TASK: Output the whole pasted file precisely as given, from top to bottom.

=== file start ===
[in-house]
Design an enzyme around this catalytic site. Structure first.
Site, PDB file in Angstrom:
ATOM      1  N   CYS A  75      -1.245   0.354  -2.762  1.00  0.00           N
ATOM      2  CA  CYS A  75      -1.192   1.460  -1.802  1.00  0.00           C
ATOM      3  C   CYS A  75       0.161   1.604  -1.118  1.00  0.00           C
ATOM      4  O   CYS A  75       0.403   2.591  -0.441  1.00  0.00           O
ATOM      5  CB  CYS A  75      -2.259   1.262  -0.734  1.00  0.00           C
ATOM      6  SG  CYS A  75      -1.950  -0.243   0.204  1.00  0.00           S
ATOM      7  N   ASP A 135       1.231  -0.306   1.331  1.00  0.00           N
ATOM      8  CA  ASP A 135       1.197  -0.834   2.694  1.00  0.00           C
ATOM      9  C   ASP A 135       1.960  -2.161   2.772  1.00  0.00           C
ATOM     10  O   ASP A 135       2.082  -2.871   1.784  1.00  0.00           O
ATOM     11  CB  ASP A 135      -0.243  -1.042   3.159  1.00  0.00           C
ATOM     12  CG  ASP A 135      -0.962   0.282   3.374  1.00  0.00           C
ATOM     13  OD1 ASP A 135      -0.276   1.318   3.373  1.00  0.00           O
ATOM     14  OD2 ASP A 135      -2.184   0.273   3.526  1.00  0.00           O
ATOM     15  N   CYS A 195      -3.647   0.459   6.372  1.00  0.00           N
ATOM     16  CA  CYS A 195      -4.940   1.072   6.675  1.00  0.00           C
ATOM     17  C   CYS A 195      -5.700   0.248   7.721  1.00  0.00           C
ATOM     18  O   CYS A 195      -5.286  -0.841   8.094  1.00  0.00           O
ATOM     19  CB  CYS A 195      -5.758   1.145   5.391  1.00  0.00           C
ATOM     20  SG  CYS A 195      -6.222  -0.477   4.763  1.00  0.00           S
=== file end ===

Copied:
[in-house]
Design an enzyme around this catalytic site. Structure first.
Site, PDB file in Angstrom:
ATOM      1  N   CYS A  75      -1.245   0.354  -2.762  1.00  0.00           N
ATOM      2  CA  CYS A  75      -1.192   1.460  -1.802  1.00  0.00           C
ATOM      3  C   CYS A  75       0.161   1.604  -1.118  1.00  0.00           C
ATOM      4  O   CYS A  75       0.403   2.591  -0.441  1.00  0.00           O
ATOM      5  CB  CYS A  75      -2.259   1.262  -0.734  1.00  0.00           C
ATOM      6  SG  CYS A  75      -1.950  -0.243   0.204  1.00  0.00           S
ATOM      7  N   ASP A 135       1.231  -0.306   1.331  1.00  0.00           N
ATOM      8  CA  ASP A 135       1.197  -0.834   2.694  1.00  0.00           C
ATOM      9  C   ASP A 135       1.960  -2.161   2.772  1.00  0.00           C
ATOM     10  O   ASP A 135       2.082  -2.871   1.784  1.00  0.00           O
ATOM     11  CB  ASP A 135      -0.243  -1.042   3.159  1.00  0.00           C
ATOM     12  CG  ASP A 135      -0.962   0.282   3.374  1.00  0.00           C
ATOM     13  OD1 ASP A 135      -0.276   1.318   3.373  1.00  0.00           O
ATOM     14  OD2 ASP A 135      -2.184   0.273   3.526  1.00  0.00           O
ATOM     15  N   CYS A 195      -3.647   0.459   6.372  1.00  0.00           N
ATOM     16  CA  CYS A 195      -4.940   1.072   6.675  1.00  0.00           C
ATOM     17  C   CYS A 195      -5.700   0.248   7.721  1.00  0.00           C
ATOM     18  O   CYS A 195      -5.286  -0.841   8.094  1.00  0.00           O
ATOM     19  CB  CYS A 195      -5.758   1.145   5.391  1.00  0.00           C
ATOM     20  SG  CYS A 195      -6.222  -0.477   4.763  1.00  0.00           S